# Drawing rotated triangles inside triangles

How do I draw rotated triangles inside a triangle as shown above? I already know how to draw one triangle; But I'm not able to draw this specific figure. I found a similar example from https://latexdraw.com/tikz-shapes-triangle/

\documentclass[border=0.2cm]{standalone}
\usepackage{tikz}
\usetikzlibrary{shapes.geometric}

\begin{document}

\begin{tikzpicture}[thick,violet]
\foreach \i in {-30,-28,...,0}{

\node[draw,
fill=violet!10,
isosceles triangle,
isosceles triangle apex angle=60,
minimum size=-2*\i mm,
rotate=\i,inner sep =0pt] at (0,0){};
}

\end{tikzpicture}

\end{document}


Only for comparison, compile with Asymptote.

In all my examples, s is a scale.

A similar code of Thruston's answer.

size(300);
real s=1/8;
for (int m=3; m<=5; ++m){
path[] a={polygon(m)};
for (int i=1; i<= m/s; ++i){
pair[] A;
for (int j=0; j < size(a[i-1]); ++j)
{
A[j] = point(a[i-1],j+s);
}
a[i]=operator --(... A)--cycle;
}
picture P;
for (int i=0; i<a.length; ++i)
filldraw(P,a[i],interp(white,blue,(i+1)*s));
}


Animation:

settings.tex="pdflatex";
import animate;
size(300);
real s=1/8;
animation Ani;

path[] testpolygon(int m)
{
path[] a={polygon(m)};
for (int i=1; i<= m/s; ++i){
pair[] A;
for (int j=0; j < size(a[i-1]); ++j)
{
A[j] = point(a[i-1],j+s);
}
a[i]=operator --(... A)--cycle;
}
return a;
}
for (int n=3; n<=5; ++n){
for (int i=0; i<testpolygon(n).length; ++i){
save();
filldraw(testpolygon(n)[i],interp(white,blue,(i+1)*s));
}
erase();
}
erase();
Ani.movie();


Example 1:

unitsize(3cm);

pair A=(0,0),B=(4,0),C=rotate(60,A)*B;
path d=A--B--C--cycle;
int n=15;
path pic(real s=0.2)
{
pair M=A;
A=relpoint(A--B,s);
B=relpoint(B--C,s);
C=relpoint(C--M,s);
return A--B--C--cycle;
}

for (int i=0; i < n; ++i)
{
if (i==0) draw(d,blue);
else draw(pic(0.2),(i%2 == 1) ? red : blue);
}


Example 2:

unitsize(3cm);

pair A=(0,0),B=(4,0),C=(4,4),D=(0,4);
path d=A--B--C--D--cycle;
int n=15;
path pic(real s=0.2)
{
pair M=A;
A=relpoint(A--B,s);
B=relpoint(B--C,s);
C=relpoint(C--D,s);
D=relpoint(D--M,s);
return A--B--C--D--cycle;
}

for (int i=0; i < n; ++i)
{
if (i==0) fill(d,blue);
else fill(pic(0.2),(i%2 == 1) ? red : blue);
}


Example 3:

unitsize(4cm);

path g=polygon(5);
pair A=point(g,0),B=point(g,1),C=point(g,2),D=point(g,3),E=point(g,4);
path d=A--B--C--D--E--cycle;
int n=35;
path pic(real s=0.2)
{
pair M=A;
A=relpoint(A--B,s);
B=relpoint(B--C,s);
C=relpoint(C--D,s);
D=relpoint(D--E,s);
E=relpoint(E--M,s);
return A--B--C--D--E--cycle;
}

for (int i=0; i < n; ++i)
{
if (i==0) fill(d,blue);
else fill(pic(0.2),(i%2 == 1) ? red : blue);
}


Example 4:

size(300);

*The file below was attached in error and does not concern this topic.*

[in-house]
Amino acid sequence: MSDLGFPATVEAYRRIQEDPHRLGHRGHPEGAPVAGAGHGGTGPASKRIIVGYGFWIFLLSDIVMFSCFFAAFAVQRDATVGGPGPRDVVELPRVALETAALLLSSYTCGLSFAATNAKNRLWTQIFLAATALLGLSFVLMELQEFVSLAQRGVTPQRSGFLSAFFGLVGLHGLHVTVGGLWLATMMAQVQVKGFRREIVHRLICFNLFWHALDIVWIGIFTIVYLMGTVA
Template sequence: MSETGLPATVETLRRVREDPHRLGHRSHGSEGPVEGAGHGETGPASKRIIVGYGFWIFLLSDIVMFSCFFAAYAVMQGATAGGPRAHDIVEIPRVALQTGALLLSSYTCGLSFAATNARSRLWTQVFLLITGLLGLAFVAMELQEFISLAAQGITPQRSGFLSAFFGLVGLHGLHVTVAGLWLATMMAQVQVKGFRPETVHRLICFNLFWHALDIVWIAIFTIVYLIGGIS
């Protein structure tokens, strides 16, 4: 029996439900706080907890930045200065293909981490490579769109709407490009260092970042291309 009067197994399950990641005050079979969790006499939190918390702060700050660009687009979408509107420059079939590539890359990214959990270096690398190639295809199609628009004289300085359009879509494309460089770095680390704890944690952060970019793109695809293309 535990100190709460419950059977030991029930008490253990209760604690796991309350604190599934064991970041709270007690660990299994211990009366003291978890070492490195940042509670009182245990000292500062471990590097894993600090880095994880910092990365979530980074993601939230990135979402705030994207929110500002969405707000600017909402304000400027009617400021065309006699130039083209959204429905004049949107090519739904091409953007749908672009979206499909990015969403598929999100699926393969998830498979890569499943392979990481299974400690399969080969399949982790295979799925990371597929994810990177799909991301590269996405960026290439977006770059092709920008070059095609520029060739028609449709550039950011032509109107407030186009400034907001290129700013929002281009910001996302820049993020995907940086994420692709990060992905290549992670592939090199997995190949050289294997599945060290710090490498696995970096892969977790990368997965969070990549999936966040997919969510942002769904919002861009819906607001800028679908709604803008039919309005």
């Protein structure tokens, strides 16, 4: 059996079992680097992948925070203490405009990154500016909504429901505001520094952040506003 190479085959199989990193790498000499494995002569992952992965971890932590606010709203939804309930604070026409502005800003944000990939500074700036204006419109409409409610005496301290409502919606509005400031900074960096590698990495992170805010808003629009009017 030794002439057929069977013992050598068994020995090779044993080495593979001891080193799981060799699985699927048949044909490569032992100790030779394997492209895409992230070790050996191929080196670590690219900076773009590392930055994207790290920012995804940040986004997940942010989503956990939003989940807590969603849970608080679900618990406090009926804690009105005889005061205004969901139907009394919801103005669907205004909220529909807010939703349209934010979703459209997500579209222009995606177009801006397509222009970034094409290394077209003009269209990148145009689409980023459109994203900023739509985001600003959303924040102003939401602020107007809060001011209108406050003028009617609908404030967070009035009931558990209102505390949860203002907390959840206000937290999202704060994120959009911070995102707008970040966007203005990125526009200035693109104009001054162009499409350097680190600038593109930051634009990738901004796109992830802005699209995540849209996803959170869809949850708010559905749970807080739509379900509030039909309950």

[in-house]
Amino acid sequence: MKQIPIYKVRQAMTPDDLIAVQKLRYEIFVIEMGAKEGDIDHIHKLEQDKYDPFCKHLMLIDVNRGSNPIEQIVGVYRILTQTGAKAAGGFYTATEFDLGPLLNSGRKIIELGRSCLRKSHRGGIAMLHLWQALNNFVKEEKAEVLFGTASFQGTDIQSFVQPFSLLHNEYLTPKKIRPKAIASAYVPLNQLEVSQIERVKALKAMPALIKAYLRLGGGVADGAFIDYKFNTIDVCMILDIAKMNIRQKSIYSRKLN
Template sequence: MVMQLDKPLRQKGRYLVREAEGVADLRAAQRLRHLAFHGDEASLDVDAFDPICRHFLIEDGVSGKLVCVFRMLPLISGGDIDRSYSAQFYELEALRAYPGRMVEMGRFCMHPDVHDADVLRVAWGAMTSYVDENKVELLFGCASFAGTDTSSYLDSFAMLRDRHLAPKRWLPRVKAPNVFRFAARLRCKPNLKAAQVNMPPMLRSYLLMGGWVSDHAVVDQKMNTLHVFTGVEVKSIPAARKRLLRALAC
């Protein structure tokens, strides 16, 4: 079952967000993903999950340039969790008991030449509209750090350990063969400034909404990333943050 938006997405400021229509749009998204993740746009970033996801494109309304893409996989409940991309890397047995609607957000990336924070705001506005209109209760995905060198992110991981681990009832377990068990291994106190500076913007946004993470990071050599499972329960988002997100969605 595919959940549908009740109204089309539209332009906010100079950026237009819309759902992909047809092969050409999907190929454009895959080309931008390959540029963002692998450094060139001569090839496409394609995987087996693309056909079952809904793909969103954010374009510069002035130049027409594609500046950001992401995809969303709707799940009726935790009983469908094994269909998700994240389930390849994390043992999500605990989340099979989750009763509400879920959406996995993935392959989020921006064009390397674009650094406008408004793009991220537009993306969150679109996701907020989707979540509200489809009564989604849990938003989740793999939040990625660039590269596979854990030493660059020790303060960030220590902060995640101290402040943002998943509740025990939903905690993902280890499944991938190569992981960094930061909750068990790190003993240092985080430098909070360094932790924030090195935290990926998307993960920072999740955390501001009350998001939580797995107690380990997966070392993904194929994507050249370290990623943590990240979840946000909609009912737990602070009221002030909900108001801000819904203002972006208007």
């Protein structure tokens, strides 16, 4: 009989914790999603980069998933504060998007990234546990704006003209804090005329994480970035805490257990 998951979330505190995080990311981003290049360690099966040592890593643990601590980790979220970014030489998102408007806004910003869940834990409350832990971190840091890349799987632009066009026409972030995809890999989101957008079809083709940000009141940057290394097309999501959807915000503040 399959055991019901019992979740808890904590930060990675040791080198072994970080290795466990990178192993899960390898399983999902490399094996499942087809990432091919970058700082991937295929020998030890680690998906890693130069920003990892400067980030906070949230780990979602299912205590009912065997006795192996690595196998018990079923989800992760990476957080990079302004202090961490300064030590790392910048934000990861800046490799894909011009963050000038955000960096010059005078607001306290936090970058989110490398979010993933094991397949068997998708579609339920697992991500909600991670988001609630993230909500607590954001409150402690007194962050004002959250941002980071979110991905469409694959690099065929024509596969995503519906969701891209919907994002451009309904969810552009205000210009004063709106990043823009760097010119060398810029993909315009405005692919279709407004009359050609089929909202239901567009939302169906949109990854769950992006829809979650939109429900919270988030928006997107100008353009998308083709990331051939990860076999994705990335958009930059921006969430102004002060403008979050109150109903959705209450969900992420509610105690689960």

void testpolygon(pair[] A, int n=3, real s=0.2, pen p1=green, pen p2=magenta)
{
pair[] a=copy(A);
guide g= operator --(... a)--cycle;
guide pic()
{
pair M=a[0];
for (int i=0; i<a.length; ++i)
{
if (i != (a.length-1))
{
a[i]=relpoint(a[i]--a[i+1],s);
} else {
a[i]=relpoint(a[i]--M,s);
}
}
return operator --(... a)--cycle;
}
for (int i=0; i <= n; ++i)
{
if (i==0) filldraw(g,p1);
else filldraw(pic(),(i%2==1) ? p2 : p1);
}
}

int n=25;
path g=rotate(-60)*polygon(6);
testpolygon(new pair[]{(0,0),point(g,0),point(g,1)},n,0.1);
testpolygon(new pair[]{(0,0),point(g,1),point(g,2)},n,0.1);
testpolygon(new pair[]{(0,0),point(g,2),point(g,3)},n,0.1);
testpolygon(new pair[]{(0,0),point(g,3),point(g,4)},n,0.1);
testpolygon(new pair[]{(0,0),point(g,4),point(g,5)},n,0.1);
testpolygon(new pair[]{(0,0),point(g,5),point(g,0)},n,0.1);


The final code:

\documentclass[12pt]{article}
\usepackage[margin=1.5cm]{geometry}
\usepackage[inline]{asymptote}
\usepackage{graphicx}
\usepackage{subcaption} % https://latex-tutorial.com/tutorials/figures/

\begin{document}

In TeXstudio, Options $\rightarrow$ Configure TeXstudio... $\rightarrow$ Build $\rightarrow$ Build \& View is txs:///asy-pdf-chain $\rightarrow$ OK. Then press Build \& View, processing... (Compile two times)

\begin{figure}[h!]
\centering
\begin{subfigure}[b]{0.4\linewidth}
\centering
\begin{asy}
unitsize(1.5cm);

pair A=(0,0),B=(4,0),C=rotate(60,A)*B;
path d=A--B--C--cycle;
int n=10;
path pic(real s=0.2)
{
pair M=A;
A=relpoint(A--B,s);
B=relpoint(B--C,s);
C=relpoint(C--M,s);
return A--B--C--cycle;
}

for (int i=0; i < n; ++i)
{
if (i==0) filldraw(d,blue,green+0.8bp);
else filldraw(pic(0.2),(i%2 == 1) ? red : blue,green+0.8bp);
}
\end{asy}
\caption{Picture 1}
\end{subfigure}
\begin{subfigure}[b]{0.4\linewidth}
\centering
\begin{asy}
unitsize(1.25cm);

pair A=(0,0),B=(4,0),C=(4,4),D=(0,4);
path d=A--B--C--D--cycle;